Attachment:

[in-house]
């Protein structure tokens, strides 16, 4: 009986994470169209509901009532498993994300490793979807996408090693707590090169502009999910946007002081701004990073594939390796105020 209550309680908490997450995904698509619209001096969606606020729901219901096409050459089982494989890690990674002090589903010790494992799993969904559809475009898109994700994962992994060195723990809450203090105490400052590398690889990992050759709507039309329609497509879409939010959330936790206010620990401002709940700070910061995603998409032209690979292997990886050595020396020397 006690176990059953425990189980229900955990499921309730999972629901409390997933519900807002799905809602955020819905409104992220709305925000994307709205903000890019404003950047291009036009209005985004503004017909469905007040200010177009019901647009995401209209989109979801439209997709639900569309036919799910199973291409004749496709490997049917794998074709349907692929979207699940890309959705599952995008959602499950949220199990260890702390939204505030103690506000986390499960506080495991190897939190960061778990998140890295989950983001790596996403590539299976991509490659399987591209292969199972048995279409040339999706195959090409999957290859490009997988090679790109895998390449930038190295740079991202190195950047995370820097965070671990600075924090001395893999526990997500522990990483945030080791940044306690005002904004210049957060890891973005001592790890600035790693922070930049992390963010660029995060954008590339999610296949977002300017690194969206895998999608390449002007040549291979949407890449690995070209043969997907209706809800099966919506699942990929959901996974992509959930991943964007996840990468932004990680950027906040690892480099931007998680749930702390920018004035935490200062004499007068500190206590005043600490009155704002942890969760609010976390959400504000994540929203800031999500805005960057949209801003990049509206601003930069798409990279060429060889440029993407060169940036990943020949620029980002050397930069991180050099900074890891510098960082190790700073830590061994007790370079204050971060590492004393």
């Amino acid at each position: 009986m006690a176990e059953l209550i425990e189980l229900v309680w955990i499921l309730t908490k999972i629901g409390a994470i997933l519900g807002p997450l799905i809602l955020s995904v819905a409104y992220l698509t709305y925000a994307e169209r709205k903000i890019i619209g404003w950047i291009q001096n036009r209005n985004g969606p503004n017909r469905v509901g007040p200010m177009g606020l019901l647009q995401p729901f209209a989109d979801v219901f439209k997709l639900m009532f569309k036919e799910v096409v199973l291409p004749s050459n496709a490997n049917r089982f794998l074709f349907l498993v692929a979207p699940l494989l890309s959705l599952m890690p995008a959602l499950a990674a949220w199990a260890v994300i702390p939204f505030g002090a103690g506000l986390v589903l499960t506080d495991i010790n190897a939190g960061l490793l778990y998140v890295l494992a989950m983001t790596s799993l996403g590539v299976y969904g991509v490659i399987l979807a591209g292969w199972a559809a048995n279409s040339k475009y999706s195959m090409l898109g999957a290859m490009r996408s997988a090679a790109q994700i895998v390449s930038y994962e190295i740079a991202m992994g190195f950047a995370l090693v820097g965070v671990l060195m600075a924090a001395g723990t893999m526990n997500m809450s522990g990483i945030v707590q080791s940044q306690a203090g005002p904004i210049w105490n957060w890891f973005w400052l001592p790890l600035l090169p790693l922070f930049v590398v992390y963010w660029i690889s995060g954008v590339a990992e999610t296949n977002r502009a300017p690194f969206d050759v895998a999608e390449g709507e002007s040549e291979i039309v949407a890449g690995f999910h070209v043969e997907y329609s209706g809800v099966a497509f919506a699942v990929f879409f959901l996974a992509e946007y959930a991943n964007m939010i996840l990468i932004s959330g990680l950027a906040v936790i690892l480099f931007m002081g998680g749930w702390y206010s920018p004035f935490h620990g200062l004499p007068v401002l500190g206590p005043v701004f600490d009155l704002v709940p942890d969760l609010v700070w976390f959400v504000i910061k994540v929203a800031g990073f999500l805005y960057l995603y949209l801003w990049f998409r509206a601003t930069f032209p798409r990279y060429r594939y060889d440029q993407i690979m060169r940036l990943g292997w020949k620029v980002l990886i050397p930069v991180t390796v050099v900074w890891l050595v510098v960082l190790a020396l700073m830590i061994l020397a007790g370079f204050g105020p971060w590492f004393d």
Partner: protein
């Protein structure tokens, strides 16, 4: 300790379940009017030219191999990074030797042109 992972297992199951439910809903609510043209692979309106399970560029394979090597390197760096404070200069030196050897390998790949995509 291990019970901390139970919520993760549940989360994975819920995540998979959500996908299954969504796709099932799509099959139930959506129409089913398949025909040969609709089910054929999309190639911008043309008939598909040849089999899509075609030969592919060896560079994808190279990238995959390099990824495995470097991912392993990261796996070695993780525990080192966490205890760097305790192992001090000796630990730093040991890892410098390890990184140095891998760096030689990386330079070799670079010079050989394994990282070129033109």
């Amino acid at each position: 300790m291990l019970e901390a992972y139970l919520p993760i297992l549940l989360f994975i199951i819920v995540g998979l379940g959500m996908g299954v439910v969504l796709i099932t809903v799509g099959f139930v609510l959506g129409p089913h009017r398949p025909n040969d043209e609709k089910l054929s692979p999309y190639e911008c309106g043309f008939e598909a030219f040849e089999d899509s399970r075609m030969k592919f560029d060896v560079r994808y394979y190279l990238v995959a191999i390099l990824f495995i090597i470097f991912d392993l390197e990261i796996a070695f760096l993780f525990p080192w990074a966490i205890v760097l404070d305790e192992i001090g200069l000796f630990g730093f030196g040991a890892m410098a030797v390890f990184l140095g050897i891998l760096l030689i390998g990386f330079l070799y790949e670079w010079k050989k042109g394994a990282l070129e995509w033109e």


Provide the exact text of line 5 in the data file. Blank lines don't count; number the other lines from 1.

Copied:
């Protein structure tokens, strides 16, 4: 300790379940009017030219191999990074030797042109 992972297992199951439910809903609510043209692979309106399970560029394979090597390197760096404070200069030196050897390998790949995509 291990019970901390139970919520993760549940989360994975819920995540998979959500996908299954969504796709099932799509099959139930959506129409089913398949025909040969609709089910054929999309190639911008043309008939598909040849089999899509075609030969592919060896560079994808190279990238995959390099990824495995470097991912392993990261796996070695993780525990080192966490205890760097305790192992001090000796630990730093040991890892410098390890990184140095891998760096030689990386330079070799670079010079050989394994990282070129033109």